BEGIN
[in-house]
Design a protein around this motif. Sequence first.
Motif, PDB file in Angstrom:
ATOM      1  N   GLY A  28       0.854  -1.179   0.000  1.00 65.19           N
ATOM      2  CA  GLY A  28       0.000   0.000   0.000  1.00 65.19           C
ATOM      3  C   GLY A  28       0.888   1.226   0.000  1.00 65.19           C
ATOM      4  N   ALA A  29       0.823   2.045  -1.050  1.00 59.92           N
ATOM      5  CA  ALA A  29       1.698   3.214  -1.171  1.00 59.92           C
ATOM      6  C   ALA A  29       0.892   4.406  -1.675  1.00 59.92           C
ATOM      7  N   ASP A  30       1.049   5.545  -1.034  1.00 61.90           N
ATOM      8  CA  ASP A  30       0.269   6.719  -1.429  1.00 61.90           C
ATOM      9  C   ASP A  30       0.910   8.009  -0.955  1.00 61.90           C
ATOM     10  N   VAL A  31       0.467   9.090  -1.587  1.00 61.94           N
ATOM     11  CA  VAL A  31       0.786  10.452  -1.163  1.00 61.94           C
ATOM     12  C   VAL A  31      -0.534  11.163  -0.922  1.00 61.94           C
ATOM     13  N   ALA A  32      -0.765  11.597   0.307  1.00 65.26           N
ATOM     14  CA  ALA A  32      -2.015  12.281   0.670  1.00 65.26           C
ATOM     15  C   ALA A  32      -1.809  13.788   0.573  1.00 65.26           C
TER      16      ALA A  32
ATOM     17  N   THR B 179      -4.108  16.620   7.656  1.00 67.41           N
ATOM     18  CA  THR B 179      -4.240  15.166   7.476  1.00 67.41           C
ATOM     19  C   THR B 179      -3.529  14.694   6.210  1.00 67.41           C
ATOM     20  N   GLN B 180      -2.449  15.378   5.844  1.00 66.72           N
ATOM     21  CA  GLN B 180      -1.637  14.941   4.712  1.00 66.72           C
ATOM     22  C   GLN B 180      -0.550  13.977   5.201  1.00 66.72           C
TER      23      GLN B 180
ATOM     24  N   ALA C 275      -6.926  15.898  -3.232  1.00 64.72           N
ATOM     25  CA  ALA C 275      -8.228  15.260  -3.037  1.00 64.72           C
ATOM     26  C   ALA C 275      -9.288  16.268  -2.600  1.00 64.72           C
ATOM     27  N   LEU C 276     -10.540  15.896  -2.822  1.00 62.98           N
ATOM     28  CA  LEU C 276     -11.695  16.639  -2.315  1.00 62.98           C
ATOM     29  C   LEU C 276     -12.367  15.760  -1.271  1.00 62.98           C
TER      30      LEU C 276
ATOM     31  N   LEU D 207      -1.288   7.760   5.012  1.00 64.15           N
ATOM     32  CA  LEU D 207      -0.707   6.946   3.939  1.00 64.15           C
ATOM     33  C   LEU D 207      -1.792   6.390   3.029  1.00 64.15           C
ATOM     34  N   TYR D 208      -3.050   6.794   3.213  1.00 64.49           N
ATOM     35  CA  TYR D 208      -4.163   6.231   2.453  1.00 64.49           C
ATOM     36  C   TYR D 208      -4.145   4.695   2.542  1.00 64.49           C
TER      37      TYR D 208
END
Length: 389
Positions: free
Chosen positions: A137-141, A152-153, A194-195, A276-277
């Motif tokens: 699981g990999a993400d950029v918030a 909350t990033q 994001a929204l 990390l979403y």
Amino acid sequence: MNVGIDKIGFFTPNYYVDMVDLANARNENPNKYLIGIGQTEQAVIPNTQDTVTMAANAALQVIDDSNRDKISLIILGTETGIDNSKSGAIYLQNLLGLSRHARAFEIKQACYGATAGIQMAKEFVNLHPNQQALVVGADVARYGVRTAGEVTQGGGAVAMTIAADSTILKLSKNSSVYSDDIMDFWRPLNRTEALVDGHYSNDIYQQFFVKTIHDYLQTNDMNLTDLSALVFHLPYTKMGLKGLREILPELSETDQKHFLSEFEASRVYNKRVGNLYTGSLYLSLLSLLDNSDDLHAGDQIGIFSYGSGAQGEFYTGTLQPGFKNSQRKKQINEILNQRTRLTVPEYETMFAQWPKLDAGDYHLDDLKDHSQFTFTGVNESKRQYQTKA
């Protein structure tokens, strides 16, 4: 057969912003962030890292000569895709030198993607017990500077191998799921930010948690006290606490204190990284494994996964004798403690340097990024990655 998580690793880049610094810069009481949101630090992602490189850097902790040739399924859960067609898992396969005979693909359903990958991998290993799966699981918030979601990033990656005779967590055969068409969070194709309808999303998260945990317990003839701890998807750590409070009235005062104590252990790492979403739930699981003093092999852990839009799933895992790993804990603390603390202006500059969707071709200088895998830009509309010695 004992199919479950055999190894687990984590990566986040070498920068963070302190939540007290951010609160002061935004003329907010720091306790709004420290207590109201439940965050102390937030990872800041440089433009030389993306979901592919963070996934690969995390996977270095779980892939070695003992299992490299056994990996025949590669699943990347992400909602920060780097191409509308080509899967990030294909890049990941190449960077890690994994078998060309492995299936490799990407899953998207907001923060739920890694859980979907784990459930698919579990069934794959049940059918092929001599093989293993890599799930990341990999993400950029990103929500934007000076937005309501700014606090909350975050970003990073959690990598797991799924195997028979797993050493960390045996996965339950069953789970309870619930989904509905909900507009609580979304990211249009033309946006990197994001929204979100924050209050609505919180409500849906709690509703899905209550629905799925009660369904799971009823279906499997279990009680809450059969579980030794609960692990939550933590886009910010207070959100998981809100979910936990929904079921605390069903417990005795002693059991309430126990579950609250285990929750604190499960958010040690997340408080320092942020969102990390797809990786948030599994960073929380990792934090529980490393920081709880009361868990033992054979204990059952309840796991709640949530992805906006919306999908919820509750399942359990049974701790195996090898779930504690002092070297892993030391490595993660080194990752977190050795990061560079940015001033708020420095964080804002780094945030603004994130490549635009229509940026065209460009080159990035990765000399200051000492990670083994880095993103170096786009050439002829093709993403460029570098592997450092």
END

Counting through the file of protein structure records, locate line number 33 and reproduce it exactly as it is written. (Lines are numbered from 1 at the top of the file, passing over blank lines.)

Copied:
TER      30      LEU C 276